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Local

  • Bake sale to help pay for Andy’s surgery

    Christopher Sardelli
    csardelli@thelancasternews.com
    A group of local stylists and cosmotologists are hoping a plethora of tasty treats will help raise money for a special-needs teen’s risky heart procedure.

  • City seeks support for arts

    The city of Lancaster is hoping to receive more corporate support to keep its Performing Arts Series running strong. 

    Lancaster City Council voted unanimously at its April 12 meeting to apply for grant money from Wachovia (Wells Fargo) and Duke Energy Foundation. 

    The city has received money from those two institutions in years past. It is again requesting $10,000 from Duke Energy Foundation and $2,500 from Wells Fargo. 

  • Riley to speak at chamber lunch

    Lancaster County Chamber of Commerce 

    The Lancaster County Chamber of Commerce will host a membership luncheon at noon Tuesday, April 26, at the University of South Carolina at Lancaster’s Carole Ray Dowling Center. 

    Guest speaker Pat C. Riley, president and COO of Allen Tate Co., will discuss “The Current State of the Real Estate Market in Lancaster County and Surrounding Areas.”  

  • Welcome center opens in restored courthouse

    Mary Brown

    For The Lancaster News

    Many feel spring is a time for new beginn1ings and that is just what is happening at Lanaster County’s newly restored historic courthouse. 

    The ground floor now houses the Welcome Center of Lancaster County, which is open for business.

    “The courthouse is absolutely gorgeous,” said welcome center specialist Sylvia Hudson. “It’s something to really be proud of.”

  • Kershaw golf course to be landing pad?

    Kershaw town officials have suggested a seemingly unusual location as a possible spot for a helicopter landing pad. 

    Earlier this year, Kershaw teen Talf Wrenn told Town Council about his Eagle Scout project, which involves building a landing pad within the town limits. The only favor he asked is that council provide a location. 

    At their April 14 meeting, council members suggested the landing pad be installed on the driving range at the Kershaw Golf Course. Previous options proved to be unsuitable. 

  • Council to discuss arming animal control officers

    Lancaster County Council will follow up on a number of issues from the past several months, including arming animal control officers, uses for the historic courthouse and the results of a recently released workforce study, when it meets Tuesday night.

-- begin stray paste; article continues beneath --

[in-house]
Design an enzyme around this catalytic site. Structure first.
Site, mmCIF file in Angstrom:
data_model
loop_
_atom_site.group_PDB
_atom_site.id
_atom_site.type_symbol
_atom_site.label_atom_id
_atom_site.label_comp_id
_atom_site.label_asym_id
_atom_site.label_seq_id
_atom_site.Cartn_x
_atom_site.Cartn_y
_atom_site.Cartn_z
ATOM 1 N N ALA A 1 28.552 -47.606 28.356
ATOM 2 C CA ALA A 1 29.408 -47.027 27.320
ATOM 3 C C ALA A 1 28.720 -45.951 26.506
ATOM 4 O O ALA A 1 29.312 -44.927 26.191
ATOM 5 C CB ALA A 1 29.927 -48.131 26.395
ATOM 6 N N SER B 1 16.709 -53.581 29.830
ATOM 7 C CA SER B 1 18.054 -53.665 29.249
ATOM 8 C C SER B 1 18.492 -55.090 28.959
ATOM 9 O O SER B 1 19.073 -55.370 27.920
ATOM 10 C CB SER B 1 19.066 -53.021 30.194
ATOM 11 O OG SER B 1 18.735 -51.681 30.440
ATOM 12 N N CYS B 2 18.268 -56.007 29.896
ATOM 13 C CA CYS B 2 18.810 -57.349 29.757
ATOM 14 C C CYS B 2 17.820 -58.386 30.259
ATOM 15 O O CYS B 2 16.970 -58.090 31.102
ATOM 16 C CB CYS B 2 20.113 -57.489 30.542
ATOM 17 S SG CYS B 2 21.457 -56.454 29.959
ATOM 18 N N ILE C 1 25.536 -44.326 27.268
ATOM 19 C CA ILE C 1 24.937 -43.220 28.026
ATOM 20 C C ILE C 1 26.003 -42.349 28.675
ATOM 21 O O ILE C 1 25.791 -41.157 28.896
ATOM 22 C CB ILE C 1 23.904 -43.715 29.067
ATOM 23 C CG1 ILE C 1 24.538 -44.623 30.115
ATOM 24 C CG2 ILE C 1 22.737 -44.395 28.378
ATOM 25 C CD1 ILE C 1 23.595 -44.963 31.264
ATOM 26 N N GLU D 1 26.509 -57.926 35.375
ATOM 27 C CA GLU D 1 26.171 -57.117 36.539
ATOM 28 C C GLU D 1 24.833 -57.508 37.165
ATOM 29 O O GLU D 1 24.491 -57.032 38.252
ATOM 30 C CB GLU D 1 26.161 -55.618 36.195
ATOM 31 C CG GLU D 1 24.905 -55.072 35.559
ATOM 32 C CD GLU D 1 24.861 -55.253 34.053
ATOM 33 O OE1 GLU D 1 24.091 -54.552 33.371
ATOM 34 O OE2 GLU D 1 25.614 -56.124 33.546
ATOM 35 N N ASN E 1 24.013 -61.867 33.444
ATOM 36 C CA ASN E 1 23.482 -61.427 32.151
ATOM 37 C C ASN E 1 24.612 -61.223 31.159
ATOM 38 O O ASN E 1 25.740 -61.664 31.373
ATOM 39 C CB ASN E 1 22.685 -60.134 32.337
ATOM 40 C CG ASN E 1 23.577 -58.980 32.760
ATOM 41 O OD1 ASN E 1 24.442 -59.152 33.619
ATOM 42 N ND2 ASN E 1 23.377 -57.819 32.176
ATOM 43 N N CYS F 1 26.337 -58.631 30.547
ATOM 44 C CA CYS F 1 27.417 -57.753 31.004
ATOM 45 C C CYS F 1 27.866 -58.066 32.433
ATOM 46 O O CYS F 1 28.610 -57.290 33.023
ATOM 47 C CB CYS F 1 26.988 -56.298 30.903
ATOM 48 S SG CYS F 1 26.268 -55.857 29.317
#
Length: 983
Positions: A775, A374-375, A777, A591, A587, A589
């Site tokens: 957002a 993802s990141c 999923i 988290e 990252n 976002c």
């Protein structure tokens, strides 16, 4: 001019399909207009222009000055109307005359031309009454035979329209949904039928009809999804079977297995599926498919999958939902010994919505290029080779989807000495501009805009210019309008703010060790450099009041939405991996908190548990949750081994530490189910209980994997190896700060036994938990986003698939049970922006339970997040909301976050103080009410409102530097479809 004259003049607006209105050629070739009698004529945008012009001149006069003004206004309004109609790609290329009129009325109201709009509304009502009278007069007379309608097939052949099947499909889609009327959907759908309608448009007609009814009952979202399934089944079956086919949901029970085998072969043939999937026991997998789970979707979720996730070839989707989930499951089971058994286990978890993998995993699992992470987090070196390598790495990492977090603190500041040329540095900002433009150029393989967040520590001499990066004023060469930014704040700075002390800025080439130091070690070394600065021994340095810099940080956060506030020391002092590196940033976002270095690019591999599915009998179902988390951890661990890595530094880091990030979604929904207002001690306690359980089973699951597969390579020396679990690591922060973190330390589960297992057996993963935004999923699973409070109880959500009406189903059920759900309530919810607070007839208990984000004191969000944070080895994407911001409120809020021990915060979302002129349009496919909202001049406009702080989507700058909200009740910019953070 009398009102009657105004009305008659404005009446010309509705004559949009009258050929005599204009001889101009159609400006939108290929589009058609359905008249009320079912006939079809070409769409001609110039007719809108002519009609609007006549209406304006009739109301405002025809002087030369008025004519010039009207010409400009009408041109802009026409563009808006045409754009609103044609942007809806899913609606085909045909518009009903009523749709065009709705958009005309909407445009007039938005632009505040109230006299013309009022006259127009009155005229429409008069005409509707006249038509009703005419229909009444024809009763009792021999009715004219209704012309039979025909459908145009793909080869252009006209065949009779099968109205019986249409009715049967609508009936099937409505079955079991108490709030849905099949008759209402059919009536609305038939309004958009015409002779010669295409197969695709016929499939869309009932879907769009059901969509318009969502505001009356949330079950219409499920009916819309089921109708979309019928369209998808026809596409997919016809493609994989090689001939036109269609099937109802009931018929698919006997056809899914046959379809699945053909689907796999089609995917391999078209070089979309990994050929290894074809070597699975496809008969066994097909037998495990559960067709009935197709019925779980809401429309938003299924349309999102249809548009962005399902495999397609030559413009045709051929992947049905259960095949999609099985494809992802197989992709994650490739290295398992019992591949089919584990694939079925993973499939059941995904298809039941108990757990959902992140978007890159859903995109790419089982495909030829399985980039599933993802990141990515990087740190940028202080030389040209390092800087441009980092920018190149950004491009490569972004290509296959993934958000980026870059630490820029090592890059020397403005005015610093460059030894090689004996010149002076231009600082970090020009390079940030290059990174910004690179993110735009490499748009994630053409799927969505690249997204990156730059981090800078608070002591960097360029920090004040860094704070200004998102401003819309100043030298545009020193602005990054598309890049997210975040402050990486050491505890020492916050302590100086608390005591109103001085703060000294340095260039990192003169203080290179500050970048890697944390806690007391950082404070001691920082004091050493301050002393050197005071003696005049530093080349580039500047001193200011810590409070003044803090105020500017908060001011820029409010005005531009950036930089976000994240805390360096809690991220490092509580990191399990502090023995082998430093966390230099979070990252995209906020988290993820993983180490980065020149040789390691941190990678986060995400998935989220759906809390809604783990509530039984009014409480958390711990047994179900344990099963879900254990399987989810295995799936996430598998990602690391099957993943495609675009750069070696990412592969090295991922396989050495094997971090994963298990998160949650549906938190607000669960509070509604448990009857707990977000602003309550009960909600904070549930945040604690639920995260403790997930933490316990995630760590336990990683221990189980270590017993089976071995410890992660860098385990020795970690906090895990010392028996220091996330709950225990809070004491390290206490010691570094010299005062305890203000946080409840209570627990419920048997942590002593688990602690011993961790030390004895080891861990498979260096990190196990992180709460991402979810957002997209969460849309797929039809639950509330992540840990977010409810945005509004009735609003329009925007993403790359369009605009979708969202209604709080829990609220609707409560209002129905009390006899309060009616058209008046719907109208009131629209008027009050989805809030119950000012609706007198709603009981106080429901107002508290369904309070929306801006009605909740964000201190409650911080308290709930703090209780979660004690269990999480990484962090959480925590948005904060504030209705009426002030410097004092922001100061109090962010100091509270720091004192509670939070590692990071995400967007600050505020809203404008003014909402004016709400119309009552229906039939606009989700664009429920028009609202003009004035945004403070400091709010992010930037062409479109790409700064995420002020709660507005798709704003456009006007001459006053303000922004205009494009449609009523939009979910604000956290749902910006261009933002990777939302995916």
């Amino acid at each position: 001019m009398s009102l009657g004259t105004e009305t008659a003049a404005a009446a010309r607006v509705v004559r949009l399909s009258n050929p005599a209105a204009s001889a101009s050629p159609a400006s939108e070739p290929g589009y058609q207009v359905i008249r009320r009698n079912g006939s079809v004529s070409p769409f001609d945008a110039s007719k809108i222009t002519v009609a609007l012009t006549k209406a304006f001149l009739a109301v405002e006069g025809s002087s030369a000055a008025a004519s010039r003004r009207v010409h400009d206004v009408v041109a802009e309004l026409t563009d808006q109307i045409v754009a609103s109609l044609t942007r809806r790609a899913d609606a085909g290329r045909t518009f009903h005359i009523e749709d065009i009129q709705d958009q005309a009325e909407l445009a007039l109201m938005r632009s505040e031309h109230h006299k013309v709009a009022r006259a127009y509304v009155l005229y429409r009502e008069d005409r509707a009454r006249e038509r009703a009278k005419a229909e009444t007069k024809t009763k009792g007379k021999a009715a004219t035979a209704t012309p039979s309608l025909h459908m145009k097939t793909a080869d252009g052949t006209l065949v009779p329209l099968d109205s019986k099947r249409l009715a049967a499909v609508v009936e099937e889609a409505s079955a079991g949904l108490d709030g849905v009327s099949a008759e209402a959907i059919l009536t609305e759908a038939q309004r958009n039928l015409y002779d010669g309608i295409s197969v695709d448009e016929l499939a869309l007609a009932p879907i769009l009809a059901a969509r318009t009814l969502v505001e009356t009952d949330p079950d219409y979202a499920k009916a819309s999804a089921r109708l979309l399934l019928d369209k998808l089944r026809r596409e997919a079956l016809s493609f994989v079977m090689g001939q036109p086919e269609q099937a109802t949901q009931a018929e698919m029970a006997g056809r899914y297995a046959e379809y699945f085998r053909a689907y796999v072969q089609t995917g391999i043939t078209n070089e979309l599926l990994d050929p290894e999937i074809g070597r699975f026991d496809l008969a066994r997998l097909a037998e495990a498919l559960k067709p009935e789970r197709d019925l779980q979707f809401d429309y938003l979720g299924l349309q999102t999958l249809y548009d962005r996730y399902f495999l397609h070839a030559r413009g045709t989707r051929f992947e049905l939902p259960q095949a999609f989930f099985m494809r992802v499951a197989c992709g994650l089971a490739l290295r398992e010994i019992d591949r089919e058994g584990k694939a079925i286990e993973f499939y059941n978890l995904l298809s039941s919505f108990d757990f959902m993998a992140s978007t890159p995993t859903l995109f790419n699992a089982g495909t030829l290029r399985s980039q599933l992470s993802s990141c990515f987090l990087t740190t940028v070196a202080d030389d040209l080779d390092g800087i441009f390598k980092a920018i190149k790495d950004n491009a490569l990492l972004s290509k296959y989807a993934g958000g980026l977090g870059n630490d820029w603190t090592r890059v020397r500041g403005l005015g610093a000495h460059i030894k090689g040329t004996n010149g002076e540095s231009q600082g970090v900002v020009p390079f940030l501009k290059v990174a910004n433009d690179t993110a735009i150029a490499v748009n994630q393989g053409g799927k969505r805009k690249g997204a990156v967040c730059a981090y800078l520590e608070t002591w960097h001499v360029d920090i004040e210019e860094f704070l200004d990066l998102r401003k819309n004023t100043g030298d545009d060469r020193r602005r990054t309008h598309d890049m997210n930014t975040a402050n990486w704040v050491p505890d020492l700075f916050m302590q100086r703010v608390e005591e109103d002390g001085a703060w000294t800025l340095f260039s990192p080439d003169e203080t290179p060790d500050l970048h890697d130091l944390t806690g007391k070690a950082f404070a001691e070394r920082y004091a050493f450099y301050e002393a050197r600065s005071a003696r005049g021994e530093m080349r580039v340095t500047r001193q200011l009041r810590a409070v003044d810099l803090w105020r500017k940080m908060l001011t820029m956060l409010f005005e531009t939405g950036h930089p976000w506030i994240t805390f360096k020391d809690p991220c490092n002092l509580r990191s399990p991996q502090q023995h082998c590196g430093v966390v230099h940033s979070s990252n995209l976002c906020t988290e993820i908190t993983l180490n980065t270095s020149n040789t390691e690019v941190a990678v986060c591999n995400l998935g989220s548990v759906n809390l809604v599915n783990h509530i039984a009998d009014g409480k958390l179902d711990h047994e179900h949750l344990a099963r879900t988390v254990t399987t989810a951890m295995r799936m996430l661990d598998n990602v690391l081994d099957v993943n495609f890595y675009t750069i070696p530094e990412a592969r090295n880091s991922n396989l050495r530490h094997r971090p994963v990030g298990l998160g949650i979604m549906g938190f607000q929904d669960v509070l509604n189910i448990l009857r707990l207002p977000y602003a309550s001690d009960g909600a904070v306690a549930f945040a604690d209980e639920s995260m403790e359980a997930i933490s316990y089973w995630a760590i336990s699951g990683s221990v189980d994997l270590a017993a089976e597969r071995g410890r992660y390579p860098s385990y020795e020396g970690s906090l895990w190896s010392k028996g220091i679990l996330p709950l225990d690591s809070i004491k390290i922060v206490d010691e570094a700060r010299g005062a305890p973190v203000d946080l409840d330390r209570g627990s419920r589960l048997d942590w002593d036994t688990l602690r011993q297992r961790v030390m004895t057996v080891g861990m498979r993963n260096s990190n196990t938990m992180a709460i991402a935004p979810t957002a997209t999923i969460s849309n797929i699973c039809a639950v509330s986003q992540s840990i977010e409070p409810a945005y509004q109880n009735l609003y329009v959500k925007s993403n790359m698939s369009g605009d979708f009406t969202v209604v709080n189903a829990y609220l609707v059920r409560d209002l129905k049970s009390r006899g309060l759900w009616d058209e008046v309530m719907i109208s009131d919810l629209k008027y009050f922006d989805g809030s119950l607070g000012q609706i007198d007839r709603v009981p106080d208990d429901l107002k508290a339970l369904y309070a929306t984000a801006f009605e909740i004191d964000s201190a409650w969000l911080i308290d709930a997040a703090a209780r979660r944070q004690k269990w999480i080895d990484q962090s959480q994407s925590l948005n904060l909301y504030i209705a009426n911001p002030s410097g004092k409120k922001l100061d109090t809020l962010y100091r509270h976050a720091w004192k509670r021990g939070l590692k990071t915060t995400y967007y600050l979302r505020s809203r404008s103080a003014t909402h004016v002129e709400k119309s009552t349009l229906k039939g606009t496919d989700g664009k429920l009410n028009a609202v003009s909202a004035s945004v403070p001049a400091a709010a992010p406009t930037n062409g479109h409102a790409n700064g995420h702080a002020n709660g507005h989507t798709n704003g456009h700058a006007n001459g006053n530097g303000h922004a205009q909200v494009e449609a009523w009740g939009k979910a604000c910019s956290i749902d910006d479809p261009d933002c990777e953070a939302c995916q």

As part of its long list of scheduled discussion items, council will consider a policy allowing animal control officers to arm themselves with long guns as protection from dangerous animals. 

  • ILES raises curtain on ‘Peter Pan’ Tuesday

    Indian Land Elementary School’s fifth grade is about to make school history of sorts this week with its first bona fide school play.

    And they’re going all out with a production of Disney’s “Peter Pan.”

    The play is set for a one-night showing at 7 p.m. Tuesday, April 26, in the Lancaster High School auditorium. Tickets are $2 at ILES, $4 the night of the show. Proceeds will help finance future productions.

  • Local men help save fire victim

    By Travis Jenkins

    Landmark News Service

    Firefighters probably always appreciate hearing “job well done.” 

    But when the words of thanks come from someone they didn’t expect to speak again, it means a little bit more.

    Former Lancaster resident Richard Hough can attest to that. Hough is a paid firefighter and EMT with the Chester Fire Department.

  • Lyles Motors gets stolen Honda back

    When a detective from the York County Sheriff’s Office called Cindy Lyles on April 1, she naturally thought it was an April Fool’s joke.

    After all, why would a car stolen in September 2009 from her Lyles Motors car lot turn up now? 

    But that’s exactly what happened. 

    York County Detective Branham told Lyles that her missing gold, 2001 Honda Accord EX had been found. And even more surprising to Lyles, the detective said it had been recovered during the bust of a suspected theft ring.

  • A sagging problem: Council looks at baggy bottoms

    Fashion trends come and go, but there’s one fad several Lancaster County Council members would like to see eliminated – baggy pants.  
    Councilman Cotton Cole broached the subject at County Council’s April 5 meeting after a conversation he had with a constituent. Cole said it was just one of many calls he’s received from residents tired of seeing people wearing pants too low on their hips.  
    Cole asked his fellow council members to consider adopting some sort of ban on baggy pants.